After the proofreader has done her work, reputable publishers will send you page proofs. (In the typewriter days, we called them gallies and they were printed on one long sheet of paper.) These days, the page proofs show us what the interior of the book will look like.
Read your manuscript carefully. Computers sometimes goof on syllabication. Most publishers still print their books with a justified right margin (but you send in your manuscript with what we call the ragged right). The computers sometimes make what we call BB—bad breaks—by hyphenating words already hyphenated.
For example, self-conscious might be divided to read self-cons- and the rest of the word on the next line or even on the following page. The rule is that we never break a hyphenated word at the end of the line except where the hyphen already appears (self-).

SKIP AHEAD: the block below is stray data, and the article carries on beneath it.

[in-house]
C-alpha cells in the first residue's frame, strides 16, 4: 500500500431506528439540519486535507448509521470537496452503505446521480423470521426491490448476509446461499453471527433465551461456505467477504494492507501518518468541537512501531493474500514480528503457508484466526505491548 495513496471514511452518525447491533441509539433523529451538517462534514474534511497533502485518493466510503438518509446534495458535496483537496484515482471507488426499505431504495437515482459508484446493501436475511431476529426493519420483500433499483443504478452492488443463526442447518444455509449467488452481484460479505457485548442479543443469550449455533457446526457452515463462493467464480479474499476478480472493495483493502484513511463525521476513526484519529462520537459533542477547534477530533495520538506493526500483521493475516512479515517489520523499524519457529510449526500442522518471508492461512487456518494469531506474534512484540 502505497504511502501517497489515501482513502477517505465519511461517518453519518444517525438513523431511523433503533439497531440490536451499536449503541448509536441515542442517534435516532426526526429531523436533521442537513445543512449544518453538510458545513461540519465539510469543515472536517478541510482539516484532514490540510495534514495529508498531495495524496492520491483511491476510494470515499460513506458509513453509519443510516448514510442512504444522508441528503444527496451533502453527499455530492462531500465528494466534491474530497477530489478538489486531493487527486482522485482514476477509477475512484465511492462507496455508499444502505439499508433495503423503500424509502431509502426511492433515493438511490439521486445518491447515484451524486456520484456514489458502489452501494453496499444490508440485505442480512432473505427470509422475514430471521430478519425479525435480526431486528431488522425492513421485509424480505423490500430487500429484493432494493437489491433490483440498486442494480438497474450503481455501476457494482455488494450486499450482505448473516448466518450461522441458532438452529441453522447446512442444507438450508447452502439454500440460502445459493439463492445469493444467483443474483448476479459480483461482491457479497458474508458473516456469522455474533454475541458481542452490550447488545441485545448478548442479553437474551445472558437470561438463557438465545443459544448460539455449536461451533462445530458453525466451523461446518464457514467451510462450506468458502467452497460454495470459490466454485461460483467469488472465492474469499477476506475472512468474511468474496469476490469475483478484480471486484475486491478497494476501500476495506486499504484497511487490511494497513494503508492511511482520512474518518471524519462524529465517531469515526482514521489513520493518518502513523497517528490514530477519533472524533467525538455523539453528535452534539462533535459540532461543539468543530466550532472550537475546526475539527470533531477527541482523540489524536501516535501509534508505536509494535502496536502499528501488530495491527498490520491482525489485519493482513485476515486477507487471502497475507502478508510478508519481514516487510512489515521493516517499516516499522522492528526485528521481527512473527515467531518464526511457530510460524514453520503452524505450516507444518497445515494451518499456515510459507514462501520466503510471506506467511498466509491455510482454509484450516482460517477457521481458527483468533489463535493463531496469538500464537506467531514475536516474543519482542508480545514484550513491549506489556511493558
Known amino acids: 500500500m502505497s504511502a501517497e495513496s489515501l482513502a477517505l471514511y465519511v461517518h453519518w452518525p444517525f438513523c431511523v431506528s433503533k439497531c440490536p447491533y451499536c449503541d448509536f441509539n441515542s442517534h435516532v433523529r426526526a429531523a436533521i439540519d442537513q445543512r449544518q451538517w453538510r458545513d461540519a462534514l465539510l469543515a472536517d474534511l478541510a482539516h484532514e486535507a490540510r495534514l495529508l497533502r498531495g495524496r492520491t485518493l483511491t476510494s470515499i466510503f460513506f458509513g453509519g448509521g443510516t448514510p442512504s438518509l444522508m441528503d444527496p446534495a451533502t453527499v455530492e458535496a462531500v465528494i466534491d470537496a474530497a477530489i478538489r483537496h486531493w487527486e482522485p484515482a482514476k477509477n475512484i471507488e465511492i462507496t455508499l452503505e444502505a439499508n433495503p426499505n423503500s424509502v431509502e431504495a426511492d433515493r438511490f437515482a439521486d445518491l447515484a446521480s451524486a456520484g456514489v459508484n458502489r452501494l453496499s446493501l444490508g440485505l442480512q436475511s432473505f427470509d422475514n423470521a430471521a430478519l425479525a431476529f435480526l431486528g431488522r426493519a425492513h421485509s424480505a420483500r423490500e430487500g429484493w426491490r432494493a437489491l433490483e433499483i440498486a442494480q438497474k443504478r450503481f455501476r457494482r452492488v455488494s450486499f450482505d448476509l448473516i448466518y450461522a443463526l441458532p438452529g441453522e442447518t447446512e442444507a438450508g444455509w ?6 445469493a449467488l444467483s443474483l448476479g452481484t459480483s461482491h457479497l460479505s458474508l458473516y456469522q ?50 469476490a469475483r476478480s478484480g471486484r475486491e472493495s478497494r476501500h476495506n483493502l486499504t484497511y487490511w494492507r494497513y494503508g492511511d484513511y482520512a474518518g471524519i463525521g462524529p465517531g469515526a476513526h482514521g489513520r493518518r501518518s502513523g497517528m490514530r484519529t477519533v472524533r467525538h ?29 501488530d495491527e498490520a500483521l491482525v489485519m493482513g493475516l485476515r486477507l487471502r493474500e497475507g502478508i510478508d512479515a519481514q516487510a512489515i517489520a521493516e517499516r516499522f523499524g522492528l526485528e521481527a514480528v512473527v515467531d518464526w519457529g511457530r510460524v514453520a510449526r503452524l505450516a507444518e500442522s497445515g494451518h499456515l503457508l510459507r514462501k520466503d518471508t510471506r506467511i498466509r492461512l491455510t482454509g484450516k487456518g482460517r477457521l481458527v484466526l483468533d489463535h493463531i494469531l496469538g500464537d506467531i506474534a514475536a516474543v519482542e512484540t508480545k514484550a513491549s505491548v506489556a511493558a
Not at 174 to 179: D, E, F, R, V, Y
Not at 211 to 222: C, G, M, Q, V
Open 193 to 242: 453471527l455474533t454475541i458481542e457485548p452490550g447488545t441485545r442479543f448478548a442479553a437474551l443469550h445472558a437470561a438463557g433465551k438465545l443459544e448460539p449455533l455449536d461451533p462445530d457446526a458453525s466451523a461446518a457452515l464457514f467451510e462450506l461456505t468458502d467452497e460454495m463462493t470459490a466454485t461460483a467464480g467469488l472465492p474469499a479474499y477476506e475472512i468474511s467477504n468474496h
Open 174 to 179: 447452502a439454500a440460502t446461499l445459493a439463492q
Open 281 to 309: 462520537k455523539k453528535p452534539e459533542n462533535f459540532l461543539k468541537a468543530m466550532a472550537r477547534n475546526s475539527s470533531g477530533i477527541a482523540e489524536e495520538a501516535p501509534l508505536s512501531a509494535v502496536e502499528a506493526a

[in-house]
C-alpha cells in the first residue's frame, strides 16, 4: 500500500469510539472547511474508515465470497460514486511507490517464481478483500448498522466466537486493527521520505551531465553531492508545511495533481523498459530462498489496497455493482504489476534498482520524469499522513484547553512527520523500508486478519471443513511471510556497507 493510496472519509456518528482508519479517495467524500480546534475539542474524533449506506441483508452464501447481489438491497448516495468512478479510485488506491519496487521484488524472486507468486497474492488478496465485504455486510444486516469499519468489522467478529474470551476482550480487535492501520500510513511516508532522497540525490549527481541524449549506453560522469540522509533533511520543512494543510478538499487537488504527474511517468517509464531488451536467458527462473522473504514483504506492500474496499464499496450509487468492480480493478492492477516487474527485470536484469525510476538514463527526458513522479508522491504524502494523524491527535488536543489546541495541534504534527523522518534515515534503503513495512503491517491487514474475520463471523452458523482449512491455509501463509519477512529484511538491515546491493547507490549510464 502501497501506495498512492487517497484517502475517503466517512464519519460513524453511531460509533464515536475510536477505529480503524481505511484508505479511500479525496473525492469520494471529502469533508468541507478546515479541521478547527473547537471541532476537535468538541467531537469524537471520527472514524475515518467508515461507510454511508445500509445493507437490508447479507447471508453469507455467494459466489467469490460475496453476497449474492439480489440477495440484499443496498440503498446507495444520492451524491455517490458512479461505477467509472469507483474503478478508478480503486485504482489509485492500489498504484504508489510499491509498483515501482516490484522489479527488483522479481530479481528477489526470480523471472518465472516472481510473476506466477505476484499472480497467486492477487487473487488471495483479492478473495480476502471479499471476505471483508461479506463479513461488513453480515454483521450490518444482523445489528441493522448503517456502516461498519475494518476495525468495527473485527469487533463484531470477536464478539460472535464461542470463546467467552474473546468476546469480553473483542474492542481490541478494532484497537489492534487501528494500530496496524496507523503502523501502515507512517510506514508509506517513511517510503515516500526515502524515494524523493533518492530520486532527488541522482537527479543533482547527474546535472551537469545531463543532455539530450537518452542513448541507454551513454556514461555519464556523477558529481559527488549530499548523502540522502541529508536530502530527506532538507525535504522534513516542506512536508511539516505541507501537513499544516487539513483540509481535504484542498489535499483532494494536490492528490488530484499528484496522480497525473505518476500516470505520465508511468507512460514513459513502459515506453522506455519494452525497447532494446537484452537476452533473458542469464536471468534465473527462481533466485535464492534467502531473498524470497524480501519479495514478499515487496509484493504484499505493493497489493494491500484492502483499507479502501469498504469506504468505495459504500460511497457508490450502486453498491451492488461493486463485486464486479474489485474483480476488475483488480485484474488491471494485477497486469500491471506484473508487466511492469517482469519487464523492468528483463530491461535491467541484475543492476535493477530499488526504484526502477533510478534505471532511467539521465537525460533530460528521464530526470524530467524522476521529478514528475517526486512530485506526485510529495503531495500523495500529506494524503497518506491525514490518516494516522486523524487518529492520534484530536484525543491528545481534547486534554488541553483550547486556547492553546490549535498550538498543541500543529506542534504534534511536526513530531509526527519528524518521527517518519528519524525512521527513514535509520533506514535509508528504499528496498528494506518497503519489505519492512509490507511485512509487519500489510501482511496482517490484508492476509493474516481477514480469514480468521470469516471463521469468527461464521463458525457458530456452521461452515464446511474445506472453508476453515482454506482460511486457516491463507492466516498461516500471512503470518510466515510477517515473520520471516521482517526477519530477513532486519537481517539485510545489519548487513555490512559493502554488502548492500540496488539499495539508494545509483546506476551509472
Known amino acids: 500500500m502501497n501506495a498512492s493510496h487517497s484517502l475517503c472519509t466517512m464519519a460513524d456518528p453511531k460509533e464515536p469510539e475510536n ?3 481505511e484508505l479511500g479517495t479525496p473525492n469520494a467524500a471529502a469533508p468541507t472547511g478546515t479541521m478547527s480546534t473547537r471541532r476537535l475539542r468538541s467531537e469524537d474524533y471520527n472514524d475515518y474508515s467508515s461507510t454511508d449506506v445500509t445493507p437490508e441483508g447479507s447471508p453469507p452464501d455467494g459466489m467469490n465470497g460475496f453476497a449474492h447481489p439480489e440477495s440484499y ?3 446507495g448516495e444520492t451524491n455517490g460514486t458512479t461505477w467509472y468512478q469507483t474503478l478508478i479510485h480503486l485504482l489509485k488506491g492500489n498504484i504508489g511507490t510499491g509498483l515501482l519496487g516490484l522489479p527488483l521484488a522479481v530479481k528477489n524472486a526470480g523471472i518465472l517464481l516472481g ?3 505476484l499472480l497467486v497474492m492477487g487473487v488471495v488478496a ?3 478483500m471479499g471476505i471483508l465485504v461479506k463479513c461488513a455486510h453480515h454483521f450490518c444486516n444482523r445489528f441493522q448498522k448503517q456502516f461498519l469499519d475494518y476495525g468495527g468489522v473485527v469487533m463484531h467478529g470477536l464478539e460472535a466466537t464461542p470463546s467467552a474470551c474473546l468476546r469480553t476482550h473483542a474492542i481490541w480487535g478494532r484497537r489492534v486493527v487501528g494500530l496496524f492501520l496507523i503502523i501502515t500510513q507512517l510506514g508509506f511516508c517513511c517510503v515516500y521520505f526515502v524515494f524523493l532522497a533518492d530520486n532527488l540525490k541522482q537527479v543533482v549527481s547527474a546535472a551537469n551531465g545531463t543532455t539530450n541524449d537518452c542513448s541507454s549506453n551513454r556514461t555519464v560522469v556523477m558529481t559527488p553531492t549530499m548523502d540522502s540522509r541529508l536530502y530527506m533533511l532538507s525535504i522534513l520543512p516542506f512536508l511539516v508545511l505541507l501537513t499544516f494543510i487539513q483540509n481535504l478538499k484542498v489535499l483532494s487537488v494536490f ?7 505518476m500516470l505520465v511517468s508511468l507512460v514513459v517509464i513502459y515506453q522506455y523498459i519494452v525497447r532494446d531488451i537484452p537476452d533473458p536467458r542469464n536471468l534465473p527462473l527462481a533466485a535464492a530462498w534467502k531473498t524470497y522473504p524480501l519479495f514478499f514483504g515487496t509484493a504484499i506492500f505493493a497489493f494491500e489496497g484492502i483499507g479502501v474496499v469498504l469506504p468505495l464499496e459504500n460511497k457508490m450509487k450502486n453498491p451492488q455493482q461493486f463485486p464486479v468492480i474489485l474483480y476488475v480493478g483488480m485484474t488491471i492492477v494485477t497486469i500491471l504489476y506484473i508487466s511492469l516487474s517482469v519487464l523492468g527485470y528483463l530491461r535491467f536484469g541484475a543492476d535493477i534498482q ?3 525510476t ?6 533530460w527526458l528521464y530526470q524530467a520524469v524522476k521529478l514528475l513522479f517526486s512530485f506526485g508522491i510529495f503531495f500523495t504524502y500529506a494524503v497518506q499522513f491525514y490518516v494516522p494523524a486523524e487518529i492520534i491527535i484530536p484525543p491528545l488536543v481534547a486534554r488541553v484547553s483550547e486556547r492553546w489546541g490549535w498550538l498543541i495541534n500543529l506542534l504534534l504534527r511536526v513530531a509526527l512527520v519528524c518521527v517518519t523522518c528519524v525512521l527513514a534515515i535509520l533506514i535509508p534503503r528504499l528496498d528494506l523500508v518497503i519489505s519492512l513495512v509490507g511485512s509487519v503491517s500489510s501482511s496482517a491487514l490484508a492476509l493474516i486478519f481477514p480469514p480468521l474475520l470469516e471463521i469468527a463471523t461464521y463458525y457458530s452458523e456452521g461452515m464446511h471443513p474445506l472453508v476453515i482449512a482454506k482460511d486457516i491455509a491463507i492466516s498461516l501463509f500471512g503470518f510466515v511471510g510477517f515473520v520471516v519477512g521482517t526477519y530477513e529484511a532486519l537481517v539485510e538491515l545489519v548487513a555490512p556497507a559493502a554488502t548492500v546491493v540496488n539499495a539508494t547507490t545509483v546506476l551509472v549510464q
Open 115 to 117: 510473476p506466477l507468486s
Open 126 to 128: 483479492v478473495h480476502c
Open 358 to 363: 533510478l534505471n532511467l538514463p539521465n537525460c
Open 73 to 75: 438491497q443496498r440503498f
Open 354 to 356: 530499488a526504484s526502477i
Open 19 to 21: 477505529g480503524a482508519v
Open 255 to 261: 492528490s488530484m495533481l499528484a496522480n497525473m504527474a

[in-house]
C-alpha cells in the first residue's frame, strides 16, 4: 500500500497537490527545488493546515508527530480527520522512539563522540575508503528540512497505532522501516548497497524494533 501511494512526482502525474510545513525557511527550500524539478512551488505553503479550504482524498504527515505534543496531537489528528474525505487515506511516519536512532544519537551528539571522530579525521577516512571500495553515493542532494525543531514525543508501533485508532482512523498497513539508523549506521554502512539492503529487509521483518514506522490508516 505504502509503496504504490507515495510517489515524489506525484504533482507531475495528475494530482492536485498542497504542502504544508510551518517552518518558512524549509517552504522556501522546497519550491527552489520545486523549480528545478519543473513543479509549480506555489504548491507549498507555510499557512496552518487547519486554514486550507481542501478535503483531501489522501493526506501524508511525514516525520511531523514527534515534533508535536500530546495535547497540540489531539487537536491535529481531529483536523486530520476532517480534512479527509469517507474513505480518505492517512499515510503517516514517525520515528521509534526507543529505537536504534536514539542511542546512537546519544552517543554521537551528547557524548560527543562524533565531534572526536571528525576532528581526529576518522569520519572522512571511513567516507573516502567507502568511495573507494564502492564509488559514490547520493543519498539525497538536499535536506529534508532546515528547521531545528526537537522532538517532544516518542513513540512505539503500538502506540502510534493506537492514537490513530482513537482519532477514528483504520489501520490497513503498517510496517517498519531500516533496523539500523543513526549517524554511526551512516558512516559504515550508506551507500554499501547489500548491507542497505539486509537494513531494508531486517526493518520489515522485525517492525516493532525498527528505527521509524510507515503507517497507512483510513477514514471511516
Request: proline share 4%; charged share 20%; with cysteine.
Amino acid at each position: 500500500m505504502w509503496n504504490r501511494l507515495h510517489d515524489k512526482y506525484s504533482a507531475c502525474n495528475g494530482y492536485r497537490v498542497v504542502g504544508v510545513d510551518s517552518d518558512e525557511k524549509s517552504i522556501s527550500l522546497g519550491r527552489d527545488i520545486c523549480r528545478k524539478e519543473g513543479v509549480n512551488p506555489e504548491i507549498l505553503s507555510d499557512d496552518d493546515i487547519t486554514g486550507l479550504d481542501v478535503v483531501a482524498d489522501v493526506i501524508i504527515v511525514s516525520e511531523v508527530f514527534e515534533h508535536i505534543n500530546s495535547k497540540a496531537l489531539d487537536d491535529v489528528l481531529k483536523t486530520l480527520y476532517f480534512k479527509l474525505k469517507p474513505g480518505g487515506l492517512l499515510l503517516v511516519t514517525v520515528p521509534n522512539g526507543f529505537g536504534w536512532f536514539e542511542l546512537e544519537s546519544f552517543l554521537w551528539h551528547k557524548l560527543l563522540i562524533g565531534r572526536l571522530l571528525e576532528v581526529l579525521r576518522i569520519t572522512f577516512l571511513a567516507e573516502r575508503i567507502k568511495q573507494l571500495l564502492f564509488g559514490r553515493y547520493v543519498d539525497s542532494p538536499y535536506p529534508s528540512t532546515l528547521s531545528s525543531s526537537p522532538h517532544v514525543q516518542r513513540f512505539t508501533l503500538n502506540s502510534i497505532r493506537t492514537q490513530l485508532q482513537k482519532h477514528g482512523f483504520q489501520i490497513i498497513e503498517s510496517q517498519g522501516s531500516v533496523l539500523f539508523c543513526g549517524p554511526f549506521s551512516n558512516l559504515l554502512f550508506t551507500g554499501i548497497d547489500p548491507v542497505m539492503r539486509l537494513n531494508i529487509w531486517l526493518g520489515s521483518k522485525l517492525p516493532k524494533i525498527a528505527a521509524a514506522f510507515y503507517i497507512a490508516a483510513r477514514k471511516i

When you receive the page proofs, you'll also receive a note saying that if you want to make any significant changes, you, the author, will pay for them.
The page proofs normally come in jpeg and they'll explain how to make those minor corrections.